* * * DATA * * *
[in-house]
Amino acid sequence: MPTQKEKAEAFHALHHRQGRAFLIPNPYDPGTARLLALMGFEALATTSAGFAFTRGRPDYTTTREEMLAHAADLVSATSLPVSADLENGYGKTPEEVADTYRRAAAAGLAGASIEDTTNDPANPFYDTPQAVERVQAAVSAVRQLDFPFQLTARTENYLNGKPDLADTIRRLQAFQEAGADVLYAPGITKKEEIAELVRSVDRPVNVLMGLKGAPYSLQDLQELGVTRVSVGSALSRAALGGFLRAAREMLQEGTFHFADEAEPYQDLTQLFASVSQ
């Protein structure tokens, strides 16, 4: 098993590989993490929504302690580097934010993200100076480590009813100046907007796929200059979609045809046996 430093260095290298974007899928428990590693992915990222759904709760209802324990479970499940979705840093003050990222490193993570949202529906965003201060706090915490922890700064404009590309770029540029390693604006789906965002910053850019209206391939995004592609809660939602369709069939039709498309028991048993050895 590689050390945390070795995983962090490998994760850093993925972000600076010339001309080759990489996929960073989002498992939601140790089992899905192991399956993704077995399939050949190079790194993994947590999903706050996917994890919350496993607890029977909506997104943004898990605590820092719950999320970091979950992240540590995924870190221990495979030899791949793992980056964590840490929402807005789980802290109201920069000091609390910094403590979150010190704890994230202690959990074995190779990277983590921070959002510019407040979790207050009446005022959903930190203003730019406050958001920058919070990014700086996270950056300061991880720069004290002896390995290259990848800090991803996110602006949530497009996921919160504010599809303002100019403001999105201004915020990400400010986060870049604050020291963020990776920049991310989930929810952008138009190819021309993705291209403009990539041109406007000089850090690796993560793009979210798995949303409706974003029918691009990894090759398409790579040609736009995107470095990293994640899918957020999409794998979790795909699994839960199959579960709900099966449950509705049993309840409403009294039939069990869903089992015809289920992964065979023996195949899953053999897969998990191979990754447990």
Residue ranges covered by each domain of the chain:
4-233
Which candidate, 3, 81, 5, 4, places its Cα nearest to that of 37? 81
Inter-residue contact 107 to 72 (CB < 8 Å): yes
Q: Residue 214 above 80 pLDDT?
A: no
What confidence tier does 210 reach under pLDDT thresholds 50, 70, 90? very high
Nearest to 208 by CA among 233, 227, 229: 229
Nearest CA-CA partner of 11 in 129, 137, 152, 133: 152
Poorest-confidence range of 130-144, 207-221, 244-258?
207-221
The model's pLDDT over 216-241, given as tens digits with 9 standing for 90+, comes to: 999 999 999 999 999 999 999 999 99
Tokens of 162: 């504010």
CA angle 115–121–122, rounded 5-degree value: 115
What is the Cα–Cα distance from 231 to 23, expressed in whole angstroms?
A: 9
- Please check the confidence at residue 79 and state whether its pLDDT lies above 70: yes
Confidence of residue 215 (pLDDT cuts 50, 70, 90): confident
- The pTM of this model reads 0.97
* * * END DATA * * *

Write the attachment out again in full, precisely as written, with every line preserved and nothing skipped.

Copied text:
[in-house]
Amino acid sequence: MPTQKEKAEAFHALHHRQGRAFLIPNPYDPGTARLLALMGFEALATTSAGFAFTRGRPDYTTTREEMLAHAADLVSATSLPVSADLENGYGKTPEEVADTYRRAAAAGLAGASIEDTTNDPANPFYDTPQAVERVQAAVSAVRQLDFPFQLTARTENYLNGKPDLADTIRRLQAFQEAGADVLYAPGITKKEEIAELVRSVDRPVNVLMGLKGAPYSLQDLQELGVTRVSVGSALSRAALGGFLRAAREMLQEGTFHFADEAEPYQDLTQLFASVSQ
């Protein structure tokens, strides 16, 4: 098993590989993490929504302690580097934010993200100076480590009813100046907007796929200059979609045809046996 430093260095290298974007899928428990590693992915990222759904709760209802324990479970499940979705840093003050990222490193993570949202529906965003201060706090915490922890700064404009590309770029540029390693604006789906965002910053850019209206391939995004592609809660939602369709069939039709498309028991048993050895 590689050390945390070795995983962090490998994760850093993925972000600076010339001309080759990489996929960073989002498992939601140790089992899905192991399956993704077995399939050949190079790194993994947590999903706050996917994890919350496993607890029977909506997104943004898990605590820092719950999320970091979950992240540590995924870190221990495979030899791949793992980056964590840490929402807005789980802290109201920069000091609390910094403590979150010190704890994230202690959990074995190779990277983590921070959002510019407040979790207050009446005022959903930190203003730019406050958001920058919070990014700086996270950056300061991880720069004290002896390995290259990848800090991803996110602006949530497009996921919160504010599809303002100019403001999105201004915020990400400010986060870049604050020291963020990776920049991310989930929810952008138009190819021309993705291209403009990539041109406007000089850090690796993560793009979210798995949303409706974003029918691009990894090759398409790579040609736009995107470095990293994640899918957020999409794998979790795909699994839960199959579960709900099966449950509705049993309840409403009294039939069990869903089992015809289920992964065979023996195949899953053999897969998990191979990754447990």
Residue ranges covered by each domain of the chain:
4-233
Which candidate, 3, 81, 5, 4, places its Cα nearest to that of 37? 81
Inter-residue contact 107 to 72 (CB < 8 Å): yes
Q: Residue 214 above 80 pLDDT?
A: no
What confidence tier does 210 reach under pLDDT thresholds 50, 70, 90? very high
Nearest to 208 by CA among 233, 227, 229: 229
Nearest CA-CA partner of 11 in 129, 137, 152, 133: 152
Poorest-confidence range of 130-144, 207-221, 244-258?
207-221
The model's pLDDT over 216-241, given as tens digits with 9 standing for 90+, comes to: 999 999 999 999 999 999 999 999 99
Tokens of 162: 């504010």
CA angle 115–121–122, rounded 5-degree value: 115
What is the Cα–Cα distance from 231 to 23, expressed in whole angstroms?
A: 9
- Please check the confidence at residue 79 and state whether its pLDDT lies above 70: yes
Confidence of residue 215 (pLDDT cuts 50, 70, 90): confident
- The pTM of this model reads 0.97